What taildraggers with retracts exist?

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J Galt

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KMAN, Idaho
@Dana do you think your friend would be open to selling the T-6?

As @rv7charlie said, Warbirds are the goal, and the insurance company is telling me I need retract time (and more tailwheel). I have a Super Decathlon but it's not high performance or retract.

Lots of good recommendations here, the Micco would foot the bill, the Super Swift as well. I'm wary of the Micco because of the limited numbers built, also they raised the price on that one from 135k to 150k and it's been for sale since at least Jan '21. That seems odd. There is a nice Super Swift for 100k, maybe worth looking at.

Thank you again everyone,
Justin
 

donoraz

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Tucson, AZ
Celerity

This is mine...... Not for the low time pilot.... all three retract.
180 hp but with crossover exhaust is 200 could qualify for hi performance complex. IMG_4161.PNGIMG_4915.JPGIMG_4916.JPG2008_0116_042148AA.jpg
 
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Lois

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M-18 is also only 65 hp as original. My Mooney M-12 (Culver Cadet) is a conventional retract (well, the two mains anyway) but while tons of fun is only 75 hp.
maam.jpeg
Landing gear is manually retracted. Trim the plane for best climb then trap the stick between 'yer knees. Then, see the wheel between the sticks. Lifting the knob behind the wheel releases a ratchet and the wheel winds the cable to unlock and retract the gear. The gear wells extend into the fuselage. When the wheels are up you can see them through the little windows just outboard of each stick (you can see the right one). Down is easier, release the ratchet and it comes almost all the way down by gravity, just a couple pulls to lock it in place.

Franklin powered 14 series "Cardboard Connie" Bellancas are manual retracts. A bit easier 'cause they use a lever and they're over 100 hp.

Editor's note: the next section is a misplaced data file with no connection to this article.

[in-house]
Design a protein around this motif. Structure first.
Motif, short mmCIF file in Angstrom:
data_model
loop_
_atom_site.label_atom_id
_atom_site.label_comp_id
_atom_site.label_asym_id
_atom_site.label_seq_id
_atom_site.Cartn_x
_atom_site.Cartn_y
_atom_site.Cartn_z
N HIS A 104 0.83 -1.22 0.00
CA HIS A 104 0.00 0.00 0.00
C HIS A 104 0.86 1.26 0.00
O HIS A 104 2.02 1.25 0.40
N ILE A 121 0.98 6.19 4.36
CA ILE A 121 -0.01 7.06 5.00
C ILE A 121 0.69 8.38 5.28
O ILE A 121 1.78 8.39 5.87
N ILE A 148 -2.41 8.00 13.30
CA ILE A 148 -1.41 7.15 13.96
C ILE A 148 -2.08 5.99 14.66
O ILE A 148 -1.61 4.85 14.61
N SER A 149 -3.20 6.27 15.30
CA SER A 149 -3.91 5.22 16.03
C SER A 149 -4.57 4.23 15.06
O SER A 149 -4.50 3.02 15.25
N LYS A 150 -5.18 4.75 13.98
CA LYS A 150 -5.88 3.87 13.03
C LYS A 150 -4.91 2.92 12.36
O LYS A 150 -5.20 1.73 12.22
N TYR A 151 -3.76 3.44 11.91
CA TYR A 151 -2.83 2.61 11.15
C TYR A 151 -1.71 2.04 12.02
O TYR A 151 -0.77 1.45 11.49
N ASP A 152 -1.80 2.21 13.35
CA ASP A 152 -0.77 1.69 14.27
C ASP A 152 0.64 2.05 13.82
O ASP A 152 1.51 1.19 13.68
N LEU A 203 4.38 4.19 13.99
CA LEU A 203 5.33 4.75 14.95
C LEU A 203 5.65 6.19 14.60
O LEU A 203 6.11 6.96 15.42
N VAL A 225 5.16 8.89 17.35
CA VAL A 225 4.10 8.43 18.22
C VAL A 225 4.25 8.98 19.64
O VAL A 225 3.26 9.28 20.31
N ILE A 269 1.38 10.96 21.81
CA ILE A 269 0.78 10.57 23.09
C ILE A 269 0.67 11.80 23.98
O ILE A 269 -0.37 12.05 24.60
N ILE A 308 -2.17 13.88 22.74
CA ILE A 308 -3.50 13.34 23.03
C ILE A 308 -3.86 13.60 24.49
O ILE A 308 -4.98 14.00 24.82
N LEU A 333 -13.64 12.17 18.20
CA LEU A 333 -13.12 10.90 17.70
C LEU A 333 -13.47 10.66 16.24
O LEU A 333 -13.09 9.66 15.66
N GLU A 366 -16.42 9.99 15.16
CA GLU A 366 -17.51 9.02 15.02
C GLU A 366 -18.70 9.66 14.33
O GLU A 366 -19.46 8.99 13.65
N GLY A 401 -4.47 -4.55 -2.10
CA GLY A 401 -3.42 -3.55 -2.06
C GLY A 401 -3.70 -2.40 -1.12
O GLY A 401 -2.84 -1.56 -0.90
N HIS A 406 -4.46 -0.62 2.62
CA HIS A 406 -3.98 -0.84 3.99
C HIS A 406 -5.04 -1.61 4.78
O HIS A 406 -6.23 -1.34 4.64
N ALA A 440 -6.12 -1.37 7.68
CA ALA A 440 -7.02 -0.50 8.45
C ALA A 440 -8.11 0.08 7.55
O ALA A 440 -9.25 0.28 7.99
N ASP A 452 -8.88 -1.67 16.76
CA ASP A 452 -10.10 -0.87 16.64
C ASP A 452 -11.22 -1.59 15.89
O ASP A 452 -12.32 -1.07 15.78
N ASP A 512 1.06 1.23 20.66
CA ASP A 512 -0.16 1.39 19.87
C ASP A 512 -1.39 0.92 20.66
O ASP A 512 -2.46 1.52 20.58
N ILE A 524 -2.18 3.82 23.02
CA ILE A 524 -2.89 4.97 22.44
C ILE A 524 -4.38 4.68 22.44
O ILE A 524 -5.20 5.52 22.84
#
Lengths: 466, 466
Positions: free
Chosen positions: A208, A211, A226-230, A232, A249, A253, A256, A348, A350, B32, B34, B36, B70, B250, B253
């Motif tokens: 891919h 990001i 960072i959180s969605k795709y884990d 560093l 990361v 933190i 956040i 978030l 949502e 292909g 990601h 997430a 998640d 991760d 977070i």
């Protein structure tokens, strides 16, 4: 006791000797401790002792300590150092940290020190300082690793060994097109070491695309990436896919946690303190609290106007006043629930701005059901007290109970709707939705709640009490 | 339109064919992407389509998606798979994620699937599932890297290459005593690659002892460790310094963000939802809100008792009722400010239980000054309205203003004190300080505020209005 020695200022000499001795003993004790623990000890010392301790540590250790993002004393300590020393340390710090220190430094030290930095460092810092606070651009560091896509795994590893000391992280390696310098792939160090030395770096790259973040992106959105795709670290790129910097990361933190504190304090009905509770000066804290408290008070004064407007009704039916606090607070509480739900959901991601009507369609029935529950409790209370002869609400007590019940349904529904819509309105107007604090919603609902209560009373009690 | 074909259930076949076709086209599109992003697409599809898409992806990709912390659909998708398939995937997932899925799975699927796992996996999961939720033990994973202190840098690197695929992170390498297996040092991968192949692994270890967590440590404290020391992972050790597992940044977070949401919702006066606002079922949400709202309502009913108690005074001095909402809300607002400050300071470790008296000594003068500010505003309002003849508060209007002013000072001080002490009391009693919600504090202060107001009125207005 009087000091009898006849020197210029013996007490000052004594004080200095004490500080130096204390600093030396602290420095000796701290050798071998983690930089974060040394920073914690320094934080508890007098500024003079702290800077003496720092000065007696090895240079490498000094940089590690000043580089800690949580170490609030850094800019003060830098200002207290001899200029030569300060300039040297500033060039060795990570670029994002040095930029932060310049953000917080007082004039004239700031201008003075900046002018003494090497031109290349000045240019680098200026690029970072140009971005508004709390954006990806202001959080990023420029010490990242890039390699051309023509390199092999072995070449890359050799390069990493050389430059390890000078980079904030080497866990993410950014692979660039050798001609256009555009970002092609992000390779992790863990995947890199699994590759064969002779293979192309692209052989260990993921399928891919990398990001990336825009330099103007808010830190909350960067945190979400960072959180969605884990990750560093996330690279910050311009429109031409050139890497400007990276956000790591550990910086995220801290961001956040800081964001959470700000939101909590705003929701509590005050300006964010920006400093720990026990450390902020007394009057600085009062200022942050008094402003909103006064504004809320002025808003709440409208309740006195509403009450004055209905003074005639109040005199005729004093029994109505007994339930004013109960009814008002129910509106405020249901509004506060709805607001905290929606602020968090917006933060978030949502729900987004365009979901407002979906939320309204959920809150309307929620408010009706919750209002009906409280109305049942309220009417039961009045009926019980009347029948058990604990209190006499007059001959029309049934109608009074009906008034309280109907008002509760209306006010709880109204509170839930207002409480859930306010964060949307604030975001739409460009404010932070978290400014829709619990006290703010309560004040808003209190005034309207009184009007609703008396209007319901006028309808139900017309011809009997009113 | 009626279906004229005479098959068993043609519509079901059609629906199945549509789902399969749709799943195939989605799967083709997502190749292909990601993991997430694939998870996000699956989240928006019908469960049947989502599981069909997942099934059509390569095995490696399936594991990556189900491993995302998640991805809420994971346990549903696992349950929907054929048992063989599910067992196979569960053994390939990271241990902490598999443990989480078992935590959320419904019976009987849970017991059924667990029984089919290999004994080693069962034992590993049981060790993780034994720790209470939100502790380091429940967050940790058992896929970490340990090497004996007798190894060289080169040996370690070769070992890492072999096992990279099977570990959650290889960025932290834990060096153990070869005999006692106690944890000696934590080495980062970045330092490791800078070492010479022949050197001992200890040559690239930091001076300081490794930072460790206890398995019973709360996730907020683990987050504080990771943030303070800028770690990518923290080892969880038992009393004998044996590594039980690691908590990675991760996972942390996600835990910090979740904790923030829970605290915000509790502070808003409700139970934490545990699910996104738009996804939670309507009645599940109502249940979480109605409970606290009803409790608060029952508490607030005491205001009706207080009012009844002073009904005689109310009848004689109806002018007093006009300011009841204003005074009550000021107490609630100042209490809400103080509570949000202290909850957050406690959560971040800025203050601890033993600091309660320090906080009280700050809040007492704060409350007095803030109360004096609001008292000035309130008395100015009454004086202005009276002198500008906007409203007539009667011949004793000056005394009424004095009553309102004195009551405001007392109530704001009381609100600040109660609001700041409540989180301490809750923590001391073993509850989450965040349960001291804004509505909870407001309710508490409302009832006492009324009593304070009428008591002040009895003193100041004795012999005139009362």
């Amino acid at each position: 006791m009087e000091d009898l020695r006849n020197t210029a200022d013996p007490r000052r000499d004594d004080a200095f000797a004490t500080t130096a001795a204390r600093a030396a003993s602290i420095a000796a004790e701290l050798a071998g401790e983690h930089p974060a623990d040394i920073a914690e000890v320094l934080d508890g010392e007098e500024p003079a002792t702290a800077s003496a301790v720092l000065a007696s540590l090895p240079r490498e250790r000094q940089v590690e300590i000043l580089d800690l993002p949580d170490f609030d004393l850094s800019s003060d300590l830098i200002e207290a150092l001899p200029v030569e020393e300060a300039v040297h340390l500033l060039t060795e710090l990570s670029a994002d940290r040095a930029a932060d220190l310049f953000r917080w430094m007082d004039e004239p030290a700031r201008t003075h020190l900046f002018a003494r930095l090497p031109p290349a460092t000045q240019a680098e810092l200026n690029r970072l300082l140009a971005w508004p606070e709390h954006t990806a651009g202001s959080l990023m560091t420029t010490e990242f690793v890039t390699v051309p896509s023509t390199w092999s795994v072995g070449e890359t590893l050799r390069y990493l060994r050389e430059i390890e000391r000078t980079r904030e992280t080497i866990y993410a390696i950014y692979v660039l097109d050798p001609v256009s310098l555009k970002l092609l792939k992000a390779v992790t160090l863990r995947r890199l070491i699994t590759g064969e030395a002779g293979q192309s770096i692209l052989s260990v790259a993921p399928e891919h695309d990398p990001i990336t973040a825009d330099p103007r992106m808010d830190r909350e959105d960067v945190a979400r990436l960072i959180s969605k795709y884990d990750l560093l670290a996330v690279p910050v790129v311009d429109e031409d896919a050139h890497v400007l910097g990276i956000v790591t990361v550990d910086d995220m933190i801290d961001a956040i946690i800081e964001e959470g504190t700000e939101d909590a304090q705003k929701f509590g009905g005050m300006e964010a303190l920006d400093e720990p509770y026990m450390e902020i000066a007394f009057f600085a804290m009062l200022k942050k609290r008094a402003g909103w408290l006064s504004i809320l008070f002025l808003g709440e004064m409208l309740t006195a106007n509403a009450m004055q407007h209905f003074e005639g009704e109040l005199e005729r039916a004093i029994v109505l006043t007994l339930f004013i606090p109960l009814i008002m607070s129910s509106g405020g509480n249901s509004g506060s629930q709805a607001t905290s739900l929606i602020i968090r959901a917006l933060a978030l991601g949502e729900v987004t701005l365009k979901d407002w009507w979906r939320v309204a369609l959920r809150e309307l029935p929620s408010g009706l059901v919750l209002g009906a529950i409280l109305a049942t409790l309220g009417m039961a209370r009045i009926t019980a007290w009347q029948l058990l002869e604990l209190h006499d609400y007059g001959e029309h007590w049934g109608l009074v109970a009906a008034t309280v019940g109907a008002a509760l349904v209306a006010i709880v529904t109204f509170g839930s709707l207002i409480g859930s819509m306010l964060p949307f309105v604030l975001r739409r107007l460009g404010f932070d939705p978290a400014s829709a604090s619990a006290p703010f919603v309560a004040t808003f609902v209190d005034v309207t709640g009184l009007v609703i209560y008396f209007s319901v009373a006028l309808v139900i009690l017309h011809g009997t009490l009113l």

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J Galt

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KMAN, Idaho
@TarDevil I heard a rumor it was in the 500k range, do you know the price? I've been following the testing. Unfortunately my insurance guy said that the underwriters are taking a dim view of "auto" engines. These recent high profile crashes have really hurt our access to insurance is what I'm hearing.

That Celerity is cool, the Seabee as well. I'll do some research on those as well. Not much in my area of Idaho for big lakes but the Snake River would probably work.

Maybe we need to start a Wiki page with this list. It's pretty extensive.
Thank you again everyone,
Justin
 

TarDevil

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I heard a rumor it was in the 500k range, do you know the price?
Sure don't, but if I spent 20+ years building a Stewart it wouldn't go cheap.
Somewhere in this forum I saw a comment from a S51 pilot also with stick time in P51's who said the two planes flew the same. Unfortunately, they don't sound the same!
 

BJC

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Among homebuilts you might look for one of the Jurca two-seaters (Sirocco, Sperocco, Autan, Biso) that are often retractable and powerful. They are all wood and aerobatic. Here is an example of a nice retractable Sirocco.

View attachment 120997
Every time I see one of those, I wonder about the feel of the rudder and its sensitivity. Anyone here flown one?


BJC
 

Tiger Tim

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Every time I see one of those, I wonder about the feel of the rudder and its sensitivity. Anyone here flown one?
I haven’t, but I used to know a retired engineer who flew one for years. He had mentioned once that the rudder had a large adverse rolling moment that matched up surprisingly well to crosswind landings. IIRC he said you could crab all the way down final then kick it straight in the flare and it would leave you with just the right amount of slip. I have no idea if it served any useful purpose beyond that, or if it was even remotely intentional on Jurca’s part.
 
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cluttonfred

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Our own Battler Britton has owned and flown (not sure if about built) at least three Jurca MJ-2 Tempête single-seaters but I don't know about the two-seaters. Those tall rudders were only used on the Sirocco and Autan as I remember but there were quite a few of them built so I don't think there was any major handling issue.
 

karmarepair

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Another homebuilt of this configuration Cvjetkovic Aircraft
I used to see an ad for them in the back of "Air Progress" 50 years ago. Designed about the same time at the T-18, for the same reason, use the then readily available GPU engines. I've never seen one in person, but there were TWO for sale on Barnstormers recently.
 

the1pope

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Mar 9, 2011
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Austin, Texas / USA
Here's the only surviving example of this type of taildragger with retracts. The Burnelli CBY-3 just put on display in late 2020 at the New England Air Museum in Connecticut after a long 8 plus year restoration. Here's a good shot. Check out Canada's CBY-3
1643045358707.png
 
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